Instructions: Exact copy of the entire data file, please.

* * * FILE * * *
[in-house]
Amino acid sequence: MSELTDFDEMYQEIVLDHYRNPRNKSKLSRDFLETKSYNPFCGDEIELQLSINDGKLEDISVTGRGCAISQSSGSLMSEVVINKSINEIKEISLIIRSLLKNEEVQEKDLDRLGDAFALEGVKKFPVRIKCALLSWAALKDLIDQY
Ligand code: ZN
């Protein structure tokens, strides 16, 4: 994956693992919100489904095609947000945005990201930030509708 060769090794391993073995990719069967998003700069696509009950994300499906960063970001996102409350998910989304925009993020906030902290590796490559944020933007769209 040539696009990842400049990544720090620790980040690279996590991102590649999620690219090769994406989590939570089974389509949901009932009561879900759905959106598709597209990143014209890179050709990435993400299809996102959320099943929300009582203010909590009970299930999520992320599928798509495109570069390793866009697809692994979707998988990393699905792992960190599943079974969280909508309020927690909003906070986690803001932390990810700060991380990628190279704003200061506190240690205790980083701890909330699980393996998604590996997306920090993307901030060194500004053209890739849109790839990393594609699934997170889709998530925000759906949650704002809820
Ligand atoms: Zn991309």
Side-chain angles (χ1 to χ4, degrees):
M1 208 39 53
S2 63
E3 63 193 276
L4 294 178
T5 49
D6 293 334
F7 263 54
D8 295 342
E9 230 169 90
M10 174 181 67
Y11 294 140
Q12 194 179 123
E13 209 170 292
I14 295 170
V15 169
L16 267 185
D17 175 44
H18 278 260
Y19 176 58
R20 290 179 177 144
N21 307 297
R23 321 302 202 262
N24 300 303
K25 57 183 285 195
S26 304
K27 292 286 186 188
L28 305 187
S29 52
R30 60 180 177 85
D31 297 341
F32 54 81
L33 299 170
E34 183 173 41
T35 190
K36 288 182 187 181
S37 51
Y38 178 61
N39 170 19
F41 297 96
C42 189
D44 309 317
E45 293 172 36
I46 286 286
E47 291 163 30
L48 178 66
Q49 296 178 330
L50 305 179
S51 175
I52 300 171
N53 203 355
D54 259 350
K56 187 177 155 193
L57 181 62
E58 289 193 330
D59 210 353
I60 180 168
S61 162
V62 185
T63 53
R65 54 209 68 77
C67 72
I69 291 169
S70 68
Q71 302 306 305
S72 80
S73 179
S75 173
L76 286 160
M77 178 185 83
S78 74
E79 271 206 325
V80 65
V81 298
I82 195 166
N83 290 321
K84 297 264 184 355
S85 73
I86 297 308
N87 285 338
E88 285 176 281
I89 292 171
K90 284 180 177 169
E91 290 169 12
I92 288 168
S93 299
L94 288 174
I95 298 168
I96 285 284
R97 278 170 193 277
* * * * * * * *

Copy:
[in-house]
Amino acid sequence: MSELTDFDEMYQEIVLDHYRNPRNKSKLSRDFLETKSYNPFCGDEIELQLSINDGKLEDISVTGRGCAISQSSGSLMSEVVINKSINEIKEISLIIRSLLKNEEVQEKDLDRLGDAFALEGVKKFPVRIKCALLSWAALKDLIDQY
Ligand code: ZN
């Protein structure tokens, strides 16, 4: 994956693992919100489904095609947000945005990201930030509708 060769090794391993073995990719069967998003700069696509009950994300499906960063970001996102409350998910989304925009993020906030902290590796490559944020933007769209 040539696009990842400049990544720090620790980040690279996590991102590649999620690219090769994406989590939570089974389509949901009932009561879900759905959106598709597209990143014209890179050709990435993400299809996102959320099943929300009582203010909590009970299930999520992320599928798509495109570069390793866009697809692994979707998988990393699905792992960190599943079974969280909508309020927690909003906070986690803001932390990810700060991380990628190279704003200061506190240690205790980083701890909330699980393996998604590996997306920090993307901030060194500004053209890739849109790839990393594609699934997170889709998530925000759906949650704002809820
Ligand atoms: Zn991309």
Side-chain angles (χ1 to χ4, degrees):
M1 208 39 53
S2 63
E3 63 193 276
L4 294 178
T5 49
D6 293 334
F7 263 54
D8 295 342
E9 230 169 90
M10 174 181 67
Y11 294 140
Q12 194 179 123
E13 209 170 292
I14 295 170
V15 169
L16 267 185
D17 175 44
H18 278 260
Y19 176 58
R20 290 179 177 144
N21 307 297
R23 321 302 202 262
N24 300 303
K25 57 183 285 195
S26 304
K27 292 286 186 188
L28 305 187
S29 52
R30 60 180 177 85
D31 297 341
F32 54 81
L33 299 170
E34 183 173 41
T35 190
K36 288 182 187 181
S37 51
Y38 178 61
N39 170 19
F41 297 96
C42 189
D44 309 317
E45 293 172 36
I46 286 286
E47 291 163 30
L48 178 66
Q49 296 178 330
L50 305 179
S51 175
I52 300 171
N53 203 355
D54 259 350
K56 187 177 155 193
L57 181 62
E58 289 193 330
D59 210 353
I60 180 168
S61 162
V62 185
T63 53
R65 54 209 68 77
C67 72
I69 291 169
S70 68
Q71 302 306 305
S72 80
S73 179
S75 173
L76 286 160
M77 178 185 83
S78 74
E79 271 206 325
V80 65
V81 298
I82 195 166
N83 290 321
K84 297 264 184 355
S85 73
I86 297 308
N87 285 338
E88 285 176 281
I89 292 171
K90 284 180 177 169
E91 290 169 12
I92 288 168
S93 299
L94 288 174
I95 298 168
I96 285 284
R97 278 170 193 277